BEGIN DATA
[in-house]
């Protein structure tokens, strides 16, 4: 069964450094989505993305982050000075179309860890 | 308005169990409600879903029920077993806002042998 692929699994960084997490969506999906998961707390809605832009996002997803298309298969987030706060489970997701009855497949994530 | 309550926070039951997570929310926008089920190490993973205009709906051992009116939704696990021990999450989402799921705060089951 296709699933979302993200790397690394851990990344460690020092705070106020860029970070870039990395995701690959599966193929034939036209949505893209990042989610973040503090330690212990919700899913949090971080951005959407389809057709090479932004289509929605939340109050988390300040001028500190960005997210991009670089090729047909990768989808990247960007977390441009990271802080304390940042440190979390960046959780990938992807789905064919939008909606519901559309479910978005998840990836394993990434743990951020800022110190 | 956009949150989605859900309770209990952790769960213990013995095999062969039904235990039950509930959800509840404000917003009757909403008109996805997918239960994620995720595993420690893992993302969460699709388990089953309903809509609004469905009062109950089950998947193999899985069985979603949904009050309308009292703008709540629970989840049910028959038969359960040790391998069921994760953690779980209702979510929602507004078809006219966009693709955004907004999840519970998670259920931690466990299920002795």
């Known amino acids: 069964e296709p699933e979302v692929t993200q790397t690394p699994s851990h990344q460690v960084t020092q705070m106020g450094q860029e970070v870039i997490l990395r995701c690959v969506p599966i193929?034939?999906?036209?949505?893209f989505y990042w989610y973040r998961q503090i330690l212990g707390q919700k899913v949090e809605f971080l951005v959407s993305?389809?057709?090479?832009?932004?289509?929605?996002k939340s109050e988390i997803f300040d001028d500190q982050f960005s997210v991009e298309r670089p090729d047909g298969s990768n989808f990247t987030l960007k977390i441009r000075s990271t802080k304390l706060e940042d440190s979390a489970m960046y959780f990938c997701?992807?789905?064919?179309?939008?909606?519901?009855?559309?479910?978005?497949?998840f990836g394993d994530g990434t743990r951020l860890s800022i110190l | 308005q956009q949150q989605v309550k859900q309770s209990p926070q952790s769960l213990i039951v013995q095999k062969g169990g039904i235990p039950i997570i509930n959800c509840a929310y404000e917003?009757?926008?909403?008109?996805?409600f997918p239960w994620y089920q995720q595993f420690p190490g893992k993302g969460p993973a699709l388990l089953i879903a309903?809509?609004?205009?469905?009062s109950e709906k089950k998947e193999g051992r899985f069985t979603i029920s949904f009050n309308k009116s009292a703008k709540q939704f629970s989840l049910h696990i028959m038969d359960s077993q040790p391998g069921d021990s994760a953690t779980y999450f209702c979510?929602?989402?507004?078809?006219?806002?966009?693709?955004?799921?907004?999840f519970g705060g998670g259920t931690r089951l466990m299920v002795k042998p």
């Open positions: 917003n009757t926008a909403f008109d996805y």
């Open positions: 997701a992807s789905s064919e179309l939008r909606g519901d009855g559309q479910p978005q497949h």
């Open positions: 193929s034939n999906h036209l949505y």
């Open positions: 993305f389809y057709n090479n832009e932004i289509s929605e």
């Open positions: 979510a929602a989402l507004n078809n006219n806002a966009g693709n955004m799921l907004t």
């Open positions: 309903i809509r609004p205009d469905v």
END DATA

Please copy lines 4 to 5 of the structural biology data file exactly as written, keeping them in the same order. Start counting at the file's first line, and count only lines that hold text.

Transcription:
């Open positions: 917003n009757t926008a909403f008109d996805y």
């Open positions: 997701a992807s789905s064919e179309l939008r909606g519901d009855g559309q479910p978005q497949h």